//The Shrine of St. John de Britto is Now a Minor Basilica

The Shrine of St. John de Britto is Now a Minor Basilica

The shrine of St. John de Britto, erected at the spot where he was martyred, at Oriyur, Tamil Nadu, India has been declared a Minor Basilica by the Church. Bishop Lourdu Anand of Sivagangai read out the official letter on 5 December ’23 at the cathedral in Sivagangai.

John de Britto hails from Portugul. He was born on 1 March 1647 as the son of a duke, who was close to the king. Together with his two brothers he was chosen to be the companions to the prince in the court.   When he was eleven, he fell seriously ill. When all hope of recovery was lost, his saintly mother prayed fervently to St Francis Xavier: “If my son gets cured, I will make him wear a cassock like St Francis Xavier.” John recovered miraculously and his grateful mother fulfilled her promise and made John wear the Jesuit cassock for a year.

Wanting to become a Jesuit just like St. Francis Xavier, John joined the Jesuit novitiate in 1662 in Lisbon. He was sent to the theologate in Coimbra where Fr. Balthazar de Costa, who had earlier worked in India, explained about the mission in India. Britto was inspired to set out to India as a missionary. In Goa, India he completed his theological studies and was ordained in 1673. .

John wanted to work in the poor, barren, perennially sun-scorched area of Marava in Tamil Nadu and was sent there in 1686. Arul, being the Tamil equivalent of John, the local people called him ‘Arulanandar Swamy’. While he tasted initial success in his ministry, he had to face the wrath of the chief minister of Marava who had him arrested and tortured. He was ordered not to preach his new religion.

He was, however, set free later with a severe warning by the King of Marava, Sethupathi. On 8 September 1687, he went back to Portugal but returned to India three years later.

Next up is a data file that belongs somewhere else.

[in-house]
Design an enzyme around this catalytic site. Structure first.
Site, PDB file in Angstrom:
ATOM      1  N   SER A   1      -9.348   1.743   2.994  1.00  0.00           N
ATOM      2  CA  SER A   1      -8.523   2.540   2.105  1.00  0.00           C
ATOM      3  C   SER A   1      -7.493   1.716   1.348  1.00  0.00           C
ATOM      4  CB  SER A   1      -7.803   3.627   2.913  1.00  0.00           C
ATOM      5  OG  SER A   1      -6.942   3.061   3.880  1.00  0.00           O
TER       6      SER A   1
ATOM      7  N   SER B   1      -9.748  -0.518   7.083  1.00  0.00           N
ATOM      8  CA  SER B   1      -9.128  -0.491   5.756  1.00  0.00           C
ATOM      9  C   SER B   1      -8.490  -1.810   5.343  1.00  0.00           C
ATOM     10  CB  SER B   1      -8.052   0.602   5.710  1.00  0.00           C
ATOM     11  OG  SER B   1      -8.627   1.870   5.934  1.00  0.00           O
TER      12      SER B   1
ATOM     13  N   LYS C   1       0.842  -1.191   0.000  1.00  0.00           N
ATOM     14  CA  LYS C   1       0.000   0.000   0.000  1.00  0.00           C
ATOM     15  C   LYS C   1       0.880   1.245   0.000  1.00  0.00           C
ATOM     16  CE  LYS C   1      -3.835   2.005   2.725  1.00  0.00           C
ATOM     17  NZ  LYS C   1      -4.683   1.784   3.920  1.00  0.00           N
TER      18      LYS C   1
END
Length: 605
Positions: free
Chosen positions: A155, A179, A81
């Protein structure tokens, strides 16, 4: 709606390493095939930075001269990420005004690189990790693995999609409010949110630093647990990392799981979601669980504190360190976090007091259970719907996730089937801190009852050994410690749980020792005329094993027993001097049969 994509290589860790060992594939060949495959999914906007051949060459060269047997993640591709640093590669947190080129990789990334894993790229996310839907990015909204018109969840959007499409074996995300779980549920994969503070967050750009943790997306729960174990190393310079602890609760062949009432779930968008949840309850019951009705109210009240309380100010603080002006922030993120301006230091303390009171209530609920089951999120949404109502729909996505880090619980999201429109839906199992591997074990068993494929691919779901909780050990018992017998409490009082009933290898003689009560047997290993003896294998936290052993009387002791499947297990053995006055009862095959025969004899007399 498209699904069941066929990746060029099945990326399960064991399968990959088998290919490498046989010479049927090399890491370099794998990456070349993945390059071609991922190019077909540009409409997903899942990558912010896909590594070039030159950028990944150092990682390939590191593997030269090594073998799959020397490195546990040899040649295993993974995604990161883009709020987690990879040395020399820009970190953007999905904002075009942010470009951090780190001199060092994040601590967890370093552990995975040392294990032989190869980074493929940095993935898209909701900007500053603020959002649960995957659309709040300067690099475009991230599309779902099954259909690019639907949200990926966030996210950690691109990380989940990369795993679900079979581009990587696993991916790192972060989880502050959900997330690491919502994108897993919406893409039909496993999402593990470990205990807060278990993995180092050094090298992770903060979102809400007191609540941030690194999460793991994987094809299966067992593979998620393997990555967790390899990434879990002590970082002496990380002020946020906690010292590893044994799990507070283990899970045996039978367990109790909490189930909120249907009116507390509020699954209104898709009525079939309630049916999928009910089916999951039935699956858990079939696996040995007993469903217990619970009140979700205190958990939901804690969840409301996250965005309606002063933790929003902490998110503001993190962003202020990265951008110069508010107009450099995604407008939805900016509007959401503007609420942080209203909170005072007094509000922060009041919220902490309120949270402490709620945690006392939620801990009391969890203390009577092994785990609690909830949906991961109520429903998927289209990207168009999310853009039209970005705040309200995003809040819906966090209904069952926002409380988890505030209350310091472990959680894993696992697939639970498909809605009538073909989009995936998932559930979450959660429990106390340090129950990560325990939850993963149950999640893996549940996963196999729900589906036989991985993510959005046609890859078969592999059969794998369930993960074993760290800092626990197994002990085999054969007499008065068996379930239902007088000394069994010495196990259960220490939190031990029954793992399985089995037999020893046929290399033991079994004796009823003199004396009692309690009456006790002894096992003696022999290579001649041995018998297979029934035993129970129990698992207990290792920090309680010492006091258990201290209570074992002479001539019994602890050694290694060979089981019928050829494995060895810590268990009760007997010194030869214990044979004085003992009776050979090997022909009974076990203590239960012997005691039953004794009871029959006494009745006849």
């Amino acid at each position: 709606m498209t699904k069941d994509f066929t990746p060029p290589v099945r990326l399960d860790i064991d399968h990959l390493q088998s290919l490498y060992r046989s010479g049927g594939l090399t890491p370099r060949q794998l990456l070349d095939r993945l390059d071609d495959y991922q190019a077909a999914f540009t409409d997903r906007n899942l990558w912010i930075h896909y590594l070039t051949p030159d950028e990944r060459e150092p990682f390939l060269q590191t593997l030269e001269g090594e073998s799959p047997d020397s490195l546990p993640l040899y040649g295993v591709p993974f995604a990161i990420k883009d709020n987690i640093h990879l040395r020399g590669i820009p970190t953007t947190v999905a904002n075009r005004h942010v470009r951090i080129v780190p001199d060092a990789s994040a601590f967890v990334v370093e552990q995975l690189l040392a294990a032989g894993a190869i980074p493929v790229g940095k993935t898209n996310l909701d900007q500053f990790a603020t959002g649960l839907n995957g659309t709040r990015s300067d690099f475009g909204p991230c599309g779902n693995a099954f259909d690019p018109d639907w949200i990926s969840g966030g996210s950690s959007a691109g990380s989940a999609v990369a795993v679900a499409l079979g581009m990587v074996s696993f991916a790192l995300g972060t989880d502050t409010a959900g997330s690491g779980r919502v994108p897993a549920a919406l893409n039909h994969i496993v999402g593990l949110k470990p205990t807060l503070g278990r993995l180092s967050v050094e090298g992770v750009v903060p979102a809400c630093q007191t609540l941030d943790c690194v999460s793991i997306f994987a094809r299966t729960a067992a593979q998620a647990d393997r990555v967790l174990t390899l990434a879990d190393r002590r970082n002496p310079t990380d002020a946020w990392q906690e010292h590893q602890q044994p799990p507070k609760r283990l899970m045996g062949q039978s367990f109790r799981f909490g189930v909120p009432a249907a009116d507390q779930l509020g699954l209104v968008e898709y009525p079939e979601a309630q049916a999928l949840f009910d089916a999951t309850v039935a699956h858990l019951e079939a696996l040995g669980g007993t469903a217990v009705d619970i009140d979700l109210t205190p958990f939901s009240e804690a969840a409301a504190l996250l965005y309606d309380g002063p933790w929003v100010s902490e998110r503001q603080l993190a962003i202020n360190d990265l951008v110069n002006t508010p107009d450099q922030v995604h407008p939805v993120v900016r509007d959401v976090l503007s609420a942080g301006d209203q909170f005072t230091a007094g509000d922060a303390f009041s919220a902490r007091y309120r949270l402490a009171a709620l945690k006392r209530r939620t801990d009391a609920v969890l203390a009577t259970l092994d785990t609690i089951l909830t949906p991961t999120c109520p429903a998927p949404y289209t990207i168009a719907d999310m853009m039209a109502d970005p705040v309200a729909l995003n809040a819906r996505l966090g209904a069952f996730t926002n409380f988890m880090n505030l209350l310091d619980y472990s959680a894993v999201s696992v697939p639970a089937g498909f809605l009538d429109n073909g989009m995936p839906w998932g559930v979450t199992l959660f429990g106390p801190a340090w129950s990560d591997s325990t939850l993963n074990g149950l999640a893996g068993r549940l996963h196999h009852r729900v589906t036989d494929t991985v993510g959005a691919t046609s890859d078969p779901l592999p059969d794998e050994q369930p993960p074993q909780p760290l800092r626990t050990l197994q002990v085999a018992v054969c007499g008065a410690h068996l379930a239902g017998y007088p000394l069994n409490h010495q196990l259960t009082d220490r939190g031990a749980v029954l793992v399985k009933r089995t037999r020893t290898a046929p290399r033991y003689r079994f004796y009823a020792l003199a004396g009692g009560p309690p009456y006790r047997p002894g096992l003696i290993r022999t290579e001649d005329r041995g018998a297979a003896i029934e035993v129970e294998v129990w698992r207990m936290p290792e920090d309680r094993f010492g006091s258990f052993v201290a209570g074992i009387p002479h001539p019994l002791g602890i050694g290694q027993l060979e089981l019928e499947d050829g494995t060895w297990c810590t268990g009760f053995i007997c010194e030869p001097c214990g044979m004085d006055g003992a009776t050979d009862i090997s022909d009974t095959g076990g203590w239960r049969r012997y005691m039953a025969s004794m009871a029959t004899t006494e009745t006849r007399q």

Thadiya Thevan, one of the Marava princes, who was down with a deadly disease, had come to know of Britto’s power to heal the sick. He wrote: “Please send me at least one of your disciples, even if you are not able to come.” Britto sent a knowledgeable catechist to pray for him. The prince, who was miraculously cured, asked to be baptized. Since the Christian faith does not allow a man to have more than one wife, Thadiya Thevan, who had four wives, was ready to keep his first wife and send away the other three. One of the three was Kadalayi, the niece of King Sethupathi. She complained to the King who ordered the immediate arrest of Britto.

Fearing an uprising from Christians, now led by Thadiya Thevan, the prince who had become a Christian, the King said Britto will be exiled but secretly had him taken to Oriyur and beheaded. After his martyrdom it was reported that the sand in the area became red. Pilgrims began to come in large numbers to the spot and reported they were cured after praying to the martyr-saint.

Britto was beatified by Pope Pius IX on 8 April 1862 and was canonized by Pope Pius XII on 22 June 1947. His feast is celebrated on 4    February, the day he was beheaded. Hundreds of pilgrims come to the shrine throughout the year to pray for healing or the gift of a child. Seeing that a large percentage of these pilgrims are non-Christians, the Tourism Department of the Tamil Nadu State Government has recognized this Shrine as a sacred tourist spot.

Fr. Albert Muthumalai, SJ, superior of the Shrine, said the news has made all the Jesuits very happy. He thanked all those who had worked in the past to have the Shrine raised to the status of a Minor Basilica.